With the use of molecular modeling, we have demonstrated that DMP1 contains a flexible loop between the C- and N-termini where the proteolytic cleavage site resides. The stringent model (Fig. 15.4b) showed that C-DMP1 had the propensity to form beta sheets. This could be envisaged as DMP1 in the presence of calcium adopts a beta sheet structure (He et al. 2003). We have shown that the C-terminal portion of DMP1 is highly acidic due to abundant glutamic acid residues along with serines which could be phosphorylated, thereby increasing the negative charge (He et al. 2005). We have also demonstrated that intermolecular assembly of the peptides at the C-terminus in the presence of calcium ions was important to form a stereospecific template for hydroxyapatite nucleation. It is possible that the nanocrystalline hydroxyapatite fibrillar deposits observed in this study could be dependent on the beta sheet conformation of C-DMP1 and the confined gap regions present in the three-dimensional supramolecular architecture of self-assembled type I collagen.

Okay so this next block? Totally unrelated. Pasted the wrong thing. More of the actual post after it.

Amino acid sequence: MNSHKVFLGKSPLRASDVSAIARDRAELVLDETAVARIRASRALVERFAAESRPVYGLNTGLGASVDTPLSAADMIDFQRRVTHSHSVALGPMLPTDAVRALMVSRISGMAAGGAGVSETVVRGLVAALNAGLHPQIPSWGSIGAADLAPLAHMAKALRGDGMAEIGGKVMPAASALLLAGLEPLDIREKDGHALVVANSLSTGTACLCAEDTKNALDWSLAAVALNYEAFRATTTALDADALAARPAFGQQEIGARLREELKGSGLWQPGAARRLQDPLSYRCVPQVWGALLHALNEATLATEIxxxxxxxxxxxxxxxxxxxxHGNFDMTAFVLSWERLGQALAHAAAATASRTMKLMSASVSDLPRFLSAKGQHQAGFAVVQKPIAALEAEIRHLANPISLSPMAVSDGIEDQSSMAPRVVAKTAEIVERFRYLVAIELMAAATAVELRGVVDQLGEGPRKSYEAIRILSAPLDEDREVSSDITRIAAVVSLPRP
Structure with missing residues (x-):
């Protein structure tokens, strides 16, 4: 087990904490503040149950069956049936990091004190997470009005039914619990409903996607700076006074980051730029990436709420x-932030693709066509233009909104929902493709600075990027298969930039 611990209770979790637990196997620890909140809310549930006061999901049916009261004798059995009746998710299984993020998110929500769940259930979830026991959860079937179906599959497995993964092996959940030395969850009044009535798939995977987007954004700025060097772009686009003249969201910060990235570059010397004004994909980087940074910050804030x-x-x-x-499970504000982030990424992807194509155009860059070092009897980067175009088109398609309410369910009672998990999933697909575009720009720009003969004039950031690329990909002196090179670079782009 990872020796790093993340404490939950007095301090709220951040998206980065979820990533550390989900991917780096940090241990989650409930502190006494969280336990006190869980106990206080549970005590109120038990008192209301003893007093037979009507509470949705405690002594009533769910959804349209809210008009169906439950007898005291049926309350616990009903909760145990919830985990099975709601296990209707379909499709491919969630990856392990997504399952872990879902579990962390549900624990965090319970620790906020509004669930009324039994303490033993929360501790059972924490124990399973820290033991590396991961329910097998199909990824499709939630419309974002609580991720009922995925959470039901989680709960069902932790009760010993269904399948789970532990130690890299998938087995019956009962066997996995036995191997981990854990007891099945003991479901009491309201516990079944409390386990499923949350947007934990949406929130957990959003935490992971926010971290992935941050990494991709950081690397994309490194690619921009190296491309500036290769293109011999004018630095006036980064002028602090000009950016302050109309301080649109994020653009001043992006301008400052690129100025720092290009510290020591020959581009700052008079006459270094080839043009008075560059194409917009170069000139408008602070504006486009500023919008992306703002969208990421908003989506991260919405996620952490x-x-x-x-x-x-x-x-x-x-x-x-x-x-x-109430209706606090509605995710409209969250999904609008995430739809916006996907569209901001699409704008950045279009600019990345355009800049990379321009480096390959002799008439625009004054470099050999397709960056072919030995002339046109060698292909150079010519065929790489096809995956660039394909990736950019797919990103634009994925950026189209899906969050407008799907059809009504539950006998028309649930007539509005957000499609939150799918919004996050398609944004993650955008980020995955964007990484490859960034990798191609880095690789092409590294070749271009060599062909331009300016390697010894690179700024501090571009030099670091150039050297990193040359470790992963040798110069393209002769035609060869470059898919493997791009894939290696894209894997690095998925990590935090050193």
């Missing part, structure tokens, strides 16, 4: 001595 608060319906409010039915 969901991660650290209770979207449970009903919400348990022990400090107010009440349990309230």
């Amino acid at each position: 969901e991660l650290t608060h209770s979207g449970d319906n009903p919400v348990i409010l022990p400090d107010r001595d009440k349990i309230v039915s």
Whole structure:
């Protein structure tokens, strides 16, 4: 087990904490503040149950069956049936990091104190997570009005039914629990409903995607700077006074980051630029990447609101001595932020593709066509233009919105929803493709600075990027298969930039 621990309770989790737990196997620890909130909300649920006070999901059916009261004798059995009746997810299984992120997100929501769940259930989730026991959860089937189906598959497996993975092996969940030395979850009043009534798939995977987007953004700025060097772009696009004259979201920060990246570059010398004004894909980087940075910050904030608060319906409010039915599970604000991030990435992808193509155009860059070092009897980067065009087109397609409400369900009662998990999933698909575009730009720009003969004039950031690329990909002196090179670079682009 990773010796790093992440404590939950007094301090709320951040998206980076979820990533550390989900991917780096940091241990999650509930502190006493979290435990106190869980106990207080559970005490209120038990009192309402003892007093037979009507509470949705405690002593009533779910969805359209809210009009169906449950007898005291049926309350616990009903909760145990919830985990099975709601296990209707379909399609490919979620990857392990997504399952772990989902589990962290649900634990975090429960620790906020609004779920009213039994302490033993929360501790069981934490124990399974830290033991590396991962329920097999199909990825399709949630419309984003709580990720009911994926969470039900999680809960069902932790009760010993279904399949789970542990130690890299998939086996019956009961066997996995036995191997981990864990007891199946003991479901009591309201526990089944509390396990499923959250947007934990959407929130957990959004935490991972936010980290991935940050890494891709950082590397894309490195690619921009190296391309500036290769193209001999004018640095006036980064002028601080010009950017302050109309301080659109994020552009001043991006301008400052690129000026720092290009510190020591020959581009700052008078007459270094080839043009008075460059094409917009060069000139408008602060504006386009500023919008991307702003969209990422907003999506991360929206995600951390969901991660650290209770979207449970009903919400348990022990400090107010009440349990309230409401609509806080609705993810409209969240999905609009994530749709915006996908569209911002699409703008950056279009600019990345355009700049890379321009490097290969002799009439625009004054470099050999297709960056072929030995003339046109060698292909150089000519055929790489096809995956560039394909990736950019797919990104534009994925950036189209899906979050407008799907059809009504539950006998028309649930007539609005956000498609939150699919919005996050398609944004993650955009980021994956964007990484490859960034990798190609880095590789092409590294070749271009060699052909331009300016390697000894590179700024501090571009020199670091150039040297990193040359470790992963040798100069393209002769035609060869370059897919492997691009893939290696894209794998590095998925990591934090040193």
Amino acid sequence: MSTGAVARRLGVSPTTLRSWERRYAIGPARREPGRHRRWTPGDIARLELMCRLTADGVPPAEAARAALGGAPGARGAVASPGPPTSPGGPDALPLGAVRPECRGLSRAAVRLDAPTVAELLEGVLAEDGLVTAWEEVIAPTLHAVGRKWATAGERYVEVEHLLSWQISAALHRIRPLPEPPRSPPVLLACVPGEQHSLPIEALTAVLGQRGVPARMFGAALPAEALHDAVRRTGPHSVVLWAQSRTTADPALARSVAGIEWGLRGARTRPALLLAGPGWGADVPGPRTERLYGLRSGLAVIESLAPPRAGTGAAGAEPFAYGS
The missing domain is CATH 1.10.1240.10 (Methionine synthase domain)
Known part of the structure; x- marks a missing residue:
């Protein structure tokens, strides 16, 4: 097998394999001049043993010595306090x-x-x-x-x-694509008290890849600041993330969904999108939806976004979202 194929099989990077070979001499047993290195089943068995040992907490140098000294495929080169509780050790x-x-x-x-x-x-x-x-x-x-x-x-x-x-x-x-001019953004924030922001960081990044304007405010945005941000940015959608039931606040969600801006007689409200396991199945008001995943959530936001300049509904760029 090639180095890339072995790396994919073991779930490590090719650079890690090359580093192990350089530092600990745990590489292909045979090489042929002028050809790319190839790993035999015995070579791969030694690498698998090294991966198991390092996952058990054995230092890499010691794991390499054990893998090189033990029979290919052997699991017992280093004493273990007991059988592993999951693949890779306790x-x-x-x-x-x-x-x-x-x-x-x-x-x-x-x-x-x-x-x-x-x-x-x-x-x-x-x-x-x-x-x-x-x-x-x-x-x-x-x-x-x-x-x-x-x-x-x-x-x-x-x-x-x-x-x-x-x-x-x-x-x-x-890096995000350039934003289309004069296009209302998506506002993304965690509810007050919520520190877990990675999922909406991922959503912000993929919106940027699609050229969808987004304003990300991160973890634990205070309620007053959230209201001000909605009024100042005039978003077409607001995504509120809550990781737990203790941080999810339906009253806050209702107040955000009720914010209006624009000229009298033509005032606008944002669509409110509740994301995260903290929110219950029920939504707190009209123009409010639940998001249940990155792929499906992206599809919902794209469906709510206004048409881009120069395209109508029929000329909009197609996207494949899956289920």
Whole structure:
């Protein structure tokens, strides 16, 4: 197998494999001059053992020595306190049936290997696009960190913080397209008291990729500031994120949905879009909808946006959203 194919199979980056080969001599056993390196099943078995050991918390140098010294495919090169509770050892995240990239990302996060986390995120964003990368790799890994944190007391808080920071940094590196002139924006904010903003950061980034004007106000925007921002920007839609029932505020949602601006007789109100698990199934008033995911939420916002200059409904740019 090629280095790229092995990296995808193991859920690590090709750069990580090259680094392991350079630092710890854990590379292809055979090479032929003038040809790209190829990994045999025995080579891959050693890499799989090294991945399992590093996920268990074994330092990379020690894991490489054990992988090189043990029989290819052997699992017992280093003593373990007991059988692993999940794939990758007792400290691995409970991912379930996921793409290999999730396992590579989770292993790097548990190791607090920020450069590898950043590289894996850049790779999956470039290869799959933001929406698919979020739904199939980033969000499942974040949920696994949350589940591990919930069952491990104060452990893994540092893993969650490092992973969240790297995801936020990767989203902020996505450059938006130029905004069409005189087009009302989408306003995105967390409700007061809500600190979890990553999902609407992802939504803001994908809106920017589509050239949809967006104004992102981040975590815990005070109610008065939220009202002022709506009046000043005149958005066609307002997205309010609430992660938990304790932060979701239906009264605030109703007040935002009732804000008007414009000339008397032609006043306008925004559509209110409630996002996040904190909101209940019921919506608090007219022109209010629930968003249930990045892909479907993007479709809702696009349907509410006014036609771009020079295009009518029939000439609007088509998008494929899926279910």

Overall, this study demonstrates that biomineralization is a complex cell-mediated process and the DMP1 has an intimate relationship with the collagen matrix. Such an interaction dictates the site-specific nucleation of Ca-P nanocrystalline hydroxyapatite. Subsequently, other proteins in the ECM might be responsible for crystal fusion and controlled growth of the initially nucleated crystals.
This work was supported by National Institutes of Health Grant DE 11657 and the Brodie Endowment Fund (AG). “This work made use of instruments in the Electron Microscopy Service (Research Resources Center, UIC.”